The East Carolinian, June 1, 1983






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Stye i�mt (EaralMun
Serving the East Carolina campus community since 1925
Vol.57 No.$
Li
Wednesday June 1,1983
Greenville, N.C.
10 Pages
Circulation 5,000
Pitt Judge Acquits
Eight Frat Brothers
By PATRICK O'NEILL
Vv�iu�m Son Kdllor
Eight members of the Omega
Psi Phi fraternity have been ac-
quitted of assault charges stemm-
ing from an initiation ceremony
held last February.
Pitt County District Court
Judge H. Horton Roundtree ac-
quitted the students who were
charged with the assault of their
fraternity pledge Tony Michael
Jones. Fifteen Omega Psi Phi
members have been charged with
various violations stemming from
the incidents.
Roundtree ruled that Jones'
testimony did not support charges
in the warrants and that because
of the nature of the initiation inci-
dent Jones actually gave his con-
sent to the assaults.
Jones, 21, testified that he was
beaten, kicked and pushed during
separate initiation incidents on
February 10 and 12. During the
Feb. 12 incident Jones was knock-
ed unconscious and required
treatment at Pitt County
Memorial Hospital and the Stu-
dent Health Center for head and
back injuries.
ECU Vice Chancellor for Stu-
dent Life Elmer Meyer said three
separate sets of guidelines exist
that outlaw hazing, a charge
which all 15 defendants have also
been accused of.
On May 10, District Judge E.
Burt Aycock, dismissed hazing
charges against three of the 15
defendants after ruling the state's
70-year-old hazing law un-
constitutional. Ayccck's ruling
has been appealed to Superior
Court, and a hearing is scheduled
for June 2. �
Besides the state law against
hazing, Meyer said the university
and the national fraternities each
have rules that prohibit such acts
that could endanger the health or
safety of its students.
Meyer said an ECU statute pro-
hibited all students and frater-
nities from "endangering, injur-
ing or threatening to injure the
person or property of another
The rule also explicitly prohibits
ECU students from participating
in hazing or embarrassment of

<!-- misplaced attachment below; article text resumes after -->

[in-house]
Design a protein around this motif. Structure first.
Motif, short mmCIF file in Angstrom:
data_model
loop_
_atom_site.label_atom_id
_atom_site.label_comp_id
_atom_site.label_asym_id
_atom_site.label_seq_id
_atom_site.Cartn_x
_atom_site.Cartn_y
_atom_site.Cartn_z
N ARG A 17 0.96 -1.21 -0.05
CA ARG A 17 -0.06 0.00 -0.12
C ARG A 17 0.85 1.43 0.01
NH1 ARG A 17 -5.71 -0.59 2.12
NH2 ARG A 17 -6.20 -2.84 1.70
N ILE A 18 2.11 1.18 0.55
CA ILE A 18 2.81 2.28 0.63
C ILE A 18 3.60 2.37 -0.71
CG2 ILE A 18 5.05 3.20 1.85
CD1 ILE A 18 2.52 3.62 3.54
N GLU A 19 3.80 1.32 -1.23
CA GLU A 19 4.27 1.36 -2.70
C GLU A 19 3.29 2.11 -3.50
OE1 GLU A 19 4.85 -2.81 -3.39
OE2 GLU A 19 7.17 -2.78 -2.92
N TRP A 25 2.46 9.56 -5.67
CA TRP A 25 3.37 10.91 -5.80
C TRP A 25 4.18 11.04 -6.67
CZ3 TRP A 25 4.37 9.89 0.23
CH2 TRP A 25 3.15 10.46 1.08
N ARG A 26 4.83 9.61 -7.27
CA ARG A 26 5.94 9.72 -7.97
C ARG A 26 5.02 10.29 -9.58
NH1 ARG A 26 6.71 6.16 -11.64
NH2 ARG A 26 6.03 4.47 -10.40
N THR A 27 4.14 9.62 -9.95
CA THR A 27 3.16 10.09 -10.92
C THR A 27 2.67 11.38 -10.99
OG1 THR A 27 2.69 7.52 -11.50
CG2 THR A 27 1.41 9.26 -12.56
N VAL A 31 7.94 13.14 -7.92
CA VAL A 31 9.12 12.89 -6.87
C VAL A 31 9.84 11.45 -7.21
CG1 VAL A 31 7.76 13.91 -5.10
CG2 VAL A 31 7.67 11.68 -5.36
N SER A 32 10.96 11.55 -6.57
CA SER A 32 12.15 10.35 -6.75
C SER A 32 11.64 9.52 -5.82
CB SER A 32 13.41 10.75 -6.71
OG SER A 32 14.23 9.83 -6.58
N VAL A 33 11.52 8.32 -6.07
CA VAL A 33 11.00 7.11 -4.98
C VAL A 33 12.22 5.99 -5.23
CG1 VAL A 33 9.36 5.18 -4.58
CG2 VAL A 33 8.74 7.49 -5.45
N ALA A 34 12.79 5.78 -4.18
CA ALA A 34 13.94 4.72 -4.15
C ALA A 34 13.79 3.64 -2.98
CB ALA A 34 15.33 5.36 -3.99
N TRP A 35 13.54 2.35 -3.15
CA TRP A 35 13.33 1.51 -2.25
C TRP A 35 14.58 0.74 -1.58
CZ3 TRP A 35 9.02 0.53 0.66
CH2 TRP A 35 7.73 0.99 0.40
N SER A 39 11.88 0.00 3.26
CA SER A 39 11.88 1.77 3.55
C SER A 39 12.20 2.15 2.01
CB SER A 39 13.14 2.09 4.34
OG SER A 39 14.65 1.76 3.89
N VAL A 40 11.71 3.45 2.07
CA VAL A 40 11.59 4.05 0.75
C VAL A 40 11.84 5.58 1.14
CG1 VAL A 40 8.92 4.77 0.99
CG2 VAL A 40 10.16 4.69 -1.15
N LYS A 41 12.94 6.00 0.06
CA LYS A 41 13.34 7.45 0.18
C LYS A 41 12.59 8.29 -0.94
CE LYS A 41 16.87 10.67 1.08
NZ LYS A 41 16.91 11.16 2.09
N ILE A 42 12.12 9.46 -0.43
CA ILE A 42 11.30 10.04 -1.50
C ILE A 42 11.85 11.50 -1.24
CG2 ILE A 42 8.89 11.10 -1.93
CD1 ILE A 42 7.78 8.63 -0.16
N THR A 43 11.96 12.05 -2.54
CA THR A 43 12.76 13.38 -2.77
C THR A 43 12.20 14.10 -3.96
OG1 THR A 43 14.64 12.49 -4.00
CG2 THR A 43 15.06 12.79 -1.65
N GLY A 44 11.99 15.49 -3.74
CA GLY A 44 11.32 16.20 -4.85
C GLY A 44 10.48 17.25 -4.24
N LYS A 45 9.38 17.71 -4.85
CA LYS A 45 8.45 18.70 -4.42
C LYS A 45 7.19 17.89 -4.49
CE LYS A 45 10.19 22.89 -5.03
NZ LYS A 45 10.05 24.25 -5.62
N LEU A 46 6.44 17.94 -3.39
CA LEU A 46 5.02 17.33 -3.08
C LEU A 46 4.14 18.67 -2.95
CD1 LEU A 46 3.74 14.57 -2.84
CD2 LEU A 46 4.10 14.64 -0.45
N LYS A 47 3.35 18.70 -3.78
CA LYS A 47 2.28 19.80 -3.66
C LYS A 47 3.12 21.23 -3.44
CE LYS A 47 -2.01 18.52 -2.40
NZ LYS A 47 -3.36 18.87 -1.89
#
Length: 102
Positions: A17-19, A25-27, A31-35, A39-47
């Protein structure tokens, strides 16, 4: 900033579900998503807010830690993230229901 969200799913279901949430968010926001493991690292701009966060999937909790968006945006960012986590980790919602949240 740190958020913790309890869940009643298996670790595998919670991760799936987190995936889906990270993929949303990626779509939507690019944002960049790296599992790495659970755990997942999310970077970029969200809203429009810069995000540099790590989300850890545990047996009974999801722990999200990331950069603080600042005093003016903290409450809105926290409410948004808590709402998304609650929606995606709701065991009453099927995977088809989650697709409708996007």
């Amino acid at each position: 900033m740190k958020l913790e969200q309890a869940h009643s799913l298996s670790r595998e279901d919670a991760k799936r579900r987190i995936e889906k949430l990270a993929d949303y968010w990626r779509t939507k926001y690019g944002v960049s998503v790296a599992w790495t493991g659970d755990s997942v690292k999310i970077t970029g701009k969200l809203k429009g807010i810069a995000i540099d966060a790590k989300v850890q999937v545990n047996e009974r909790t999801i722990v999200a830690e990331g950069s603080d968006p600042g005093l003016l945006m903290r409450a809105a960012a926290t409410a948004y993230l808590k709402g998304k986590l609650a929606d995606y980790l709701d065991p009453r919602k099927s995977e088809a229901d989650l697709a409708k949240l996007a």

other students.
Omega Psi Phi has been put on
probation by the university as a
result of the incident. "Regardless
of the status of the court cases at
this time, the fraternity will re-
main on probation Meyer said.
Meyer and Associate Dean of
the Judiciary James Mallory have
been conducting their V)wn in-
vestigations of the incidents, but
have not indicated what action
they might take against the frater-
nity members.
The cases of the other defen-
dants have been continued until
June 16.
Det. Lt. Gene McAbee of cam-
pus security has been observing
the trials of the ECU defendants.
McAbee said he believed Round-
tree veiwed the initiation assaults
as an ongoing activity and not as
an isolated incident.
McAbee said it would be im-
proper for him to comment on the
remaining cases. "It's all in how
the judge views the incident
McAbee said.
McAbee advised students not to
join fraternities if they were con-
cerned about these types of ac-
tivities. Those who want to join
fraternities should not make their
final judgements based on the
fraternity's rush party, McAbee
said. "I'd try and get to know the
people a little bit better
Lethal Choice
New Option Sought
hot� By OAKY FATTCRSON
ecu

m
New Wave Studying
This girl can't seem to decide whether she wants to study or listen
to her favorite radio station. Reports have it that she finally gave
up and went home to watch Ryan's Hope.
By GORDON IPOCK
Suff �nia
A bill sponsored by Sen. Robert
M. Davis, D-Rowan, that would
make death by lethal injection an
option to North Carolina's gas
chamber appears likely to pass the
state Senate.
The bill was tentatively approv-
ed by a vote of 39-6 in a second
reading of the Senate Monday
night. A final vote is scheduled
for today.
Davis originally introduced a
bill to replace the gas chamber
with a lethal injection of sodium
pentothol. However, the bill was
modified in a Senate subcommit-
tee making lethal injection an
alternative to the gas chamber.
The bill, if passed, will not effect
the 34 inmates currently awaiting